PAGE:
But man, Rick, you’re team wasn’t just exposed in this game, they were made a laughing stock. A team that plays in one of the best basketball conferences in America just got beat by a team that finished 11-14 last season, again, in Division II.

Yes, teams take time to gel. No one expects greatness this early in the season, but Texas got flat out owned by a team they clearly had superior talent over. This is most definitely a cause for concern for the fanbase and the program. No one is going to call for Barnes’ head just yet, but if it does come to that, this would be a starting point to look back at.

There’s no excuse, Longhorns. That was bad. Just bad. Kabongo is a huge part of the team, but if taking one player out of the equation makes them bad enough to lose to a sub-.500 Division II school, then the Longhorns shouldn’t make any plans for a postseason trip in March. Anywhere.

David Harten is the editor of The Backboard Chronicles. You can follow him at @David_Harten.

Kansas lands second commitment in the Class of 2018

Ed Zurga/Getty Images
Leave a comment

Kansas landed their second big man in the Class of 2018 on Sunday, as David McCormack, a top 50 prospect, announced that he will be a Jayhawk when he plays his college ball.

The 6-foot-10 center picked Kansas over Xavier, NC State, Oklahoma State and Duke.

A product of the famed Oak Hill Academy, McCormack averaged 15 points and 10 boards on the Adidas Gauntlet circuit this spring. He joins fellow four-star big man Silvio de Sousa in the 2018 class for Bill Self, although the Jayhawks will get three players eligible after they sit out the 2017-18 season as transfers: Dedric and K.J. Lawson, who transferred in from Memphis, as well as Charlie Moore, a point guard from California.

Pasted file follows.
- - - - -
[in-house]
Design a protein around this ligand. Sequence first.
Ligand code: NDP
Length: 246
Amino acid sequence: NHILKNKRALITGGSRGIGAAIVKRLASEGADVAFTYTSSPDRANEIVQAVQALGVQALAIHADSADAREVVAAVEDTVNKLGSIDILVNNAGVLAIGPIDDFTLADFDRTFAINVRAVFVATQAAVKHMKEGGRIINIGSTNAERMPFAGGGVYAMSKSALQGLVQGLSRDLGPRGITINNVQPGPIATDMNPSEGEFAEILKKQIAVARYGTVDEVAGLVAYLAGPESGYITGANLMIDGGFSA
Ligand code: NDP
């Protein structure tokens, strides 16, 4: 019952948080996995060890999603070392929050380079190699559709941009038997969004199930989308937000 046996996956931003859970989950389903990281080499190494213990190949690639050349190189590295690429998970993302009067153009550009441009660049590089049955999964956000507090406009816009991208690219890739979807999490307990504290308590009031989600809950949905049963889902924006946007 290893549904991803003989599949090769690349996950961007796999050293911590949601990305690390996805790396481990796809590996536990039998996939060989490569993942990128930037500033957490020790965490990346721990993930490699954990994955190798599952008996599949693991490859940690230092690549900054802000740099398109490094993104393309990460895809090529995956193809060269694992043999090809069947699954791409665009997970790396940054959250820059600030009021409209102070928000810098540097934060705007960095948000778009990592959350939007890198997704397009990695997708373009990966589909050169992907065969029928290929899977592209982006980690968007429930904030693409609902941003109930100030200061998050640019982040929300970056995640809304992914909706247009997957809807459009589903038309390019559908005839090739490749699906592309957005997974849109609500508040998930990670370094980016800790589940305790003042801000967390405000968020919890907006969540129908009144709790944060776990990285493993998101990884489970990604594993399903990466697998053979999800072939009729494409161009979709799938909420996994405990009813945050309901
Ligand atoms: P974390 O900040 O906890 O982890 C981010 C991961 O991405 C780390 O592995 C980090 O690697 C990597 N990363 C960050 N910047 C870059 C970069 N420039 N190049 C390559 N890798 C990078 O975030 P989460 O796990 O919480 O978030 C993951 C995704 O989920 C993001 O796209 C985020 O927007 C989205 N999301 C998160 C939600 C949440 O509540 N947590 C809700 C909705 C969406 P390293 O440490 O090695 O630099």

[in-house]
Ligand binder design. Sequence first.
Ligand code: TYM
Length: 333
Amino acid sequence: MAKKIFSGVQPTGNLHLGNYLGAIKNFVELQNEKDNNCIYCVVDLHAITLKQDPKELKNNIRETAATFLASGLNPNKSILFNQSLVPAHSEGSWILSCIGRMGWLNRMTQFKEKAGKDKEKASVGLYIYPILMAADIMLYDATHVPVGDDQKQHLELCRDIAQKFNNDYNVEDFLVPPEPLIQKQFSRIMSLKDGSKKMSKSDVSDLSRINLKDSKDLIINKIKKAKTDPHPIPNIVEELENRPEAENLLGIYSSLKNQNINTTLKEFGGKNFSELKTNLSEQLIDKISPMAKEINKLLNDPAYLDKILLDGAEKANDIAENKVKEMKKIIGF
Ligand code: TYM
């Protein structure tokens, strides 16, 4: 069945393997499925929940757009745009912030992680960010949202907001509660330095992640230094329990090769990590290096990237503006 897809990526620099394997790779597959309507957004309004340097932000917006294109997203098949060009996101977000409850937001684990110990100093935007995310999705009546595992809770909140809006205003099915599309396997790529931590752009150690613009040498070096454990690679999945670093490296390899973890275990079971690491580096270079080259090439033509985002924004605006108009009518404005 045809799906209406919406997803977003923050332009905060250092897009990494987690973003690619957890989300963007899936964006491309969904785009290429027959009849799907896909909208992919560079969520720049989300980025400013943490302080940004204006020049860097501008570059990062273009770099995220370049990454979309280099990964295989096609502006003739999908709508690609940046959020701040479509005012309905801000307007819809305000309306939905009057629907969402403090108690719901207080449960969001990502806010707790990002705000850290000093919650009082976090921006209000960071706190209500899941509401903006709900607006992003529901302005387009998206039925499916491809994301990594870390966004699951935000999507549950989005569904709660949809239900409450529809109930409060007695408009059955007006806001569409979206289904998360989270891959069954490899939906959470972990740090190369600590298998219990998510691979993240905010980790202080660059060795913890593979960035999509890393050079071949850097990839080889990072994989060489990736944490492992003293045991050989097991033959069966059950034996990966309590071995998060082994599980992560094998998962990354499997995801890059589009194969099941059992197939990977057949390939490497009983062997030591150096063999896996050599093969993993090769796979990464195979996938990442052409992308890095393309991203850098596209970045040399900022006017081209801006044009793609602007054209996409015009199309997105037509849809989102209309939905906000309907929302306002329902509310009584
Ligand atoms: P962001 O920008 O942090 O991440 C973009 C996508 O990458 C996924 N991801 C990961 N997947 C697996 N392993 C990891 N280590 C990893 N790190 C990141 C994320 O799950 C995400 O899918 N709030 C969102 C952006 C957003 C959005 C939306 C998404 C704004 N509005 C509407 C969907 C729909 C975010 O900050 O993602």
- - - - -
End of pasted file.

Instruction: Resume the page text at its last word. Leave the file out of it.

Report: North Carolina won’t attend White House

(Photo by Christian Petersen/Getty Images)
5 Comments

After capturing a national championship earlier this year, the North Carolina men’s basketball team will not be visiting the White House, a North Carolina spokesman said to Andrew Carter of the The Charlotte Observer.

Although the Tar Heels were invited to go to the White House from the staff of President Donald Trump, the team couldn’t figure out a date that worked.

“We couldn’t find a date that worked for both parties,” North Carolina team spokesman Steve Kirschner said to Carter. “We tried about eight or nine dates and between they couldn’t work out that date, we couldn’t work out that date, so – we would have liked to have gone, but not going.”

According to Carter’s report, Kirschner also said that North Carolina players, “were fine with going.”

With Trump’s recent comments towards NFL players and the national anthem and his Saturday morning tweet at Steph Curry and the Golden State Warriors, there has been a lot of controversy surrounding the President with regards to athletes over the past 24 hours.

Although the timing of this may seem like North Carolina is making some sort of political statement, the school is downplaying any sort of politics by focusing on the bad timing.